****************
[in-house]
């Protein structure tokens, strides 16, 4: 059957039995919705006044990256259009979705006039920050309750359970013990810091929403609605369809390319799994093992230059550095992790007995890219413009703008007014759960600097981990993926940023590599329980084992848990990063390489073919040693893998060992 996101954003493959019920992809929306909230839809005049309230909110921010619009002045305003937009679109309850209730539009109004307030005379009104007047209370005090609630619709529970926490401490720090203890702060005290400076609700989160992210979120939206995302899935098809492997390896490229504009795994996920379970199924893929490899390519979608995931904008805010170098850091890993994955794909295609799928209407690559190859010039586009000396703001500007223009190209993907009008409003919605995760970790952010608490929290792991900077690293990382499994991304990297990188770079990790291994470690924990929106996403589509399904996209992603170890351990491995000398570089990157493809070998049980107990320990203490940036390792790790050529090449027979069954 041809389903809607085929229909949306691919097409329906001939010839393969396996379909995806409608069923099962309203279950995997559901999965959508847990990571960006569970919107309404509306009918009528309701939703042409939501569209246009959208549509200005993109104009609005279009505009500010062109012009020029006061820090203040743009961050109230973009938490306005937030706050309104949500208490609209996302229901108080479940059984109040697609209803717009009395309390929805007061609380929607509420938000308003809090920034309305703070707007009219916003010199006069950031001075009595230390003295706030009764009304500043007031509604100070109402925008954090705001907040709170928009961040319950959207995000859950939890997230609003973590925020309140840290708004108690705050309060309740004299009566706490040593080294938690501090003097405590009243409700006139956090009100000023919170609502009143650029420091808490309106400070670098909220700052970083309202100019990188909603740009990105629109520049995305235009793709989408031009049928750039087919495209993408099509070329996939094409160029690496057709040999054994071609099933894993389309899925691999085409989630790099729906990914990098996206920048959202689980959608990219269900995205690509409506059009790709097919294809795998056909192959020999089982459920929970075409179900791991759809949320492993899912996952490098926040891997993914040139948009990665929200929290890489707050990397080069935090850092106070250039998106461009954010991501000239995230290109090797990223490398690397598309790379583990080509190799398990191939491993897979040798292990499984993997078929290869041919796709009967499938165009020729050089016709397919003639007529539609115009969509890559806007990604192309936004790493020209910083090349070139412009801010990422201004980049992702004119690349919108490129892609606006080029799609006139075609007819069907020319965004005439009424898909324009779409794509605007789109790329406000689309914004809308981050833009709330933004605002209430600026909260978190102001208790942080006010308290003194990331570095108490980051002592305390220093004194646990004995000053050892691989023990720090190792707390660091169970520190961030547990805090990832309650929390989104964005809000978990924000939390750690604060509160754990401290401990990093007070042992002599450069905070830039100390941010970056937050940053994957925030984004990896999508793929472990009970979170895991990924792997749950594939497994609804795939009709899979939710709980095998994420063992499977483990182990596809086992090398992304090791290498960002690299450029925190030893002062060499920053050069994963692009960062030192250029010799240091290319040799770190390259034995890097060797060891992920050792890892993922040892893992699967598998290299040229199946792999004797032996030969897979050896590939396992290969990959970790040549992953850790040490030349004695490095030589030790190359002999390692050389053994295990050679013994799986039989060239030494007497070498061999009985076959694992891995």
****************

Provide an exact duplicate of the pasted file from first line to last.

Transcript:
[in-house]
């Protein structure tokens, strides 16, 4: 059957039995919705006044990256259009979705006039920050309750359970013990810091929403609605369809390319799994093992230059550095992790007995890219413009703008007014759960600097981990993926940023590599329980084992848990990063390489073919040693893998060992 996101954003493959019920992809929306909230839809005049309230909110921010619009002045305003937009679109309850209730539009109004307030005379009104007047209370005090609630619709529970926490401490720090203890702060005290400076609700989160992210979120939206995302899935098809492997390896490229504009795994996920379970199924893929490899390519979608995931904008805010170098850091890993994955794909295609799928209407690559190859010039586009000396703001500007223009190209993907009008409003919605995760970790952010608490929290792991900077690293990382499994991304990297990188770079990790291994470690924990929106996403589509399904996209992603170890351990491995000398570089990157493809070998049980107990320990203490940036390792790790050529090449027979069954 041809389903809607085929229909949306691919097409329906001939010839393969396996379909995806409608069923099962309203279950995997559901999965959508847990990571960006569970919107309404509306009918009528309701939703042409939501569209246009959208549509200005993109104009609005279009505009500010062109012009020029006061820090203040743009961050109230973009938490306005937030706050309104949500208490609209996302229901108080479940059984109040697609209803717009009395309390929805007061609380929607509420938000308003809090920034309305703070707007009219916003010199006069950031001075009595230390003295706030009764009304500043007031509604100070109402925008954090705001907040709170928009961040319950959207995000859950939890997230609003973590925020309140840290708004108690705050309060309740004299009566706490040593080294938690501090003097405590009243409700006139956090009100000023919170609502009143650029420091808490309106400070670098909220700052970083309202100019990188909603740009990105629109520049995305235009793709989408031009049928750039087919495209993408099509070329996939094409160029690496057709040999054994071609099933894993389309899925691999085409989630790099729906990914990098996206920048959202689980959608990219269900995205690509409506059009790709097919294809795998056909192959020999089982459920929970075409179900791991759809949320492993899912996952490098926040891997993914040139948009990665929200929290890489707050990397080069935090850092106070250039998106461009954010991501000239995230290109090797990223490398690397598309790379583990080509190799398990191939491993897979040798292990499984993997078929290869041919796709009967499938165009020729050089016709397919003639007529539609115009969509890559806007990604192309936004790493020209910083090349070139412009801010990422201004980049992702004119690349919108490129892609606006080029799609006139075609007819069907020319965004005439009424898909324009779409794509605007789109790329406000689309914004809308981050833009709330933004605002209430600026909260978190102001208790942080006010308290003194990331570095108490980051002592305390220093004194646990004995000053050892691989023990720090190792707390660091169970520190961030547990805090990832309650929390989104964005809000978990924000939390750690604060509160754990401290401990990093007070042992002599450069905070830039100390941010970056937050940053994957925030984004990896999508793929472990009970979170895991990924792997749950594939497994609804795939009709899979939710709980095998994420063992499977483990182990596809086992090398992304090791290498960002690299450029925190030893002062060499920053050069994963692009960062030192250029010799240091290319040799770190390259034995890097060797060891992920050792890892993922040892893992699967598998290299040229199946792999004797032996030969897979050896590939396992290969990959970790040549992953850790040490030349004695490095030589030790190359002999390692050389053994295990050679013994799986039989060239030494007497070498061999009985076959694992891995």